03 Feb 2009

Our Cabin; Cruise Day 8

Given that this ship is our home for four months, and we spend significant time in our cabin, we wanted plenty of room.


Our cabin, 900, is a Master Suite. Counting the balconies, we have a bit over 2,000 square-feet. Essentially, it is a 2 bedroom, 2 ½ bath apartment without a kitchen. Life is grand. We are very fortunate.

The main deck covers ½ of the front of the ship, right below the bridge. Part is glass-enclosed to block the wind.

We have two nice sized walk-in closets (1/2 of one is in the picture). Closet space is important, as geographically our journey will take us through various extreme climate conditions.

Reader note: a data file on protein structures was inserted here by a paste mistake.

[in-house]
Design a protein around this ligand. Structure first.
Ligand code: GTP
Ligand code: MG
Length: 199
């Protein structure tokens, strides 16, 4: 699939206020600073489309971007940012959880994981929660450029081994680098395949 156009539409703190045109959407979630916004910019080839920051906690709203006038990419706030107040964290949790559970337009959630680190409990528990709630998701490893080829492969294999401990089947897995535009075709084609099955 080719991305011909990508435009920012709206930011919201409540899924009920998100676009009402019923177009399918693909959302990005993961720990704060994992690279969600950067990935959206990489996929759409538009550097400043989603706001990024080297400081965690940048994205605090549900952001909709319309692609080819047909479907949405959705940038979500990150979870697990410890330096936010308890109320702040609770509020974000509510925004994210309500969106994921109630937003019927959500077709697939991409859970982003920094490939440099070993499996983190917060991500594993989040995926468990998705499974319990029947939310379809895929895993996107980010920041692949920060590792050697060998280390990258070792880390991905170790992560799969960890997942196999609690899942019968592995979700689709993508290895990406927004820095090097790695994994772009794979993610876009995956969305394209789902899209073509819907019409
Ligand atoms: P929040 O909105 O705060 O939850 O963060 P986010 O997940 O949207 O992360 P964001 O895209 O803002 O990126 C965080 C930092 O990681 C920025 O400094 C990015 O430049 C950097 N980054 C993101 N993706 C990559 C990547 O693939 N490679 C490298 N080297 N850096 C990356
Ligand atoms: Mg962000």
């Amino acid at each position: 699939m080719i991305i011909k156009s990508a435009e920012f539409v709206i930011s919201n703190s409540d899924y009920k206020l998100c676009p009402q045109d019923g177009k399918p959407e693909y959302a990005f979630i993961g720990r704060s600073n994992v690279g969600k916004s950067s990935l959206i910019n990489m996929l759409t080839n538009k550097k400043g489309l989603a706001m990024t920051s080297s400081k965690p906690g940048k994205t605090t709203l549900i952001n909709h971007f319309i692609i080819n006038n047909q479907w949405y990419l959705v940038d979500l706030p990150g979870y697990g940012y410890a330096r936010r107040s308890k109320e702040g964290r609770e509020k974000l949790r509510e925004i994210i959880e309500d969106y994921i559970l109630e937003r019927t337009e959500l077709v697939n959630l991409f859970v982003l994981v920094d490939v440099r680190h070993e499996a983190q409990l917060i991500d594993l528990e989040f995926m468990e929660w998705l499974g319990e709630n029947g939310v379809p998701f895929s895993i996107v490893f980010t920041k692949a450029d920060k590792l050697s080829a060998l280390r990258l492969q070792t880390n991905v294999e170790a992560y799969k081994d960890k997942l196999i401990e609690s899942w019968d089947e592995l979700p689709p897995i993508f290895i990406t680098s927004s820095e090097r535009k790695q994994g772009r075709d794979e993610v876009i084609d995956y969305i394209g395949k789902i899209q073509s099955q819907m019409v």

Allyn’s good friend Stephanie will be joining us on the next leg. We’ll need to generate some closet space for her.

02 Feb 2009

At Sea, En Route to Brazil; Cruise Day 7

We have three days at sea on the way to Fortaleza, our first stop in Brazil. So many on-board activities to choose from today, we didn’t even know where to start.
There must have been 25 scheduled activities today (to say nothing of reading a book by the pool). Here is what we did.
South America Overview - Like many Americans, Allyn and I are much more knowledgeable about Europe than South America. As such, we heard a lecture by Terry Breen: an Overview of South America. I have heard her  speak on several other cruises. Terry seems to know everything, and knows how to present it best. I wish I had more teachers like her while I was at school.
Here are a few highlights of what we learned: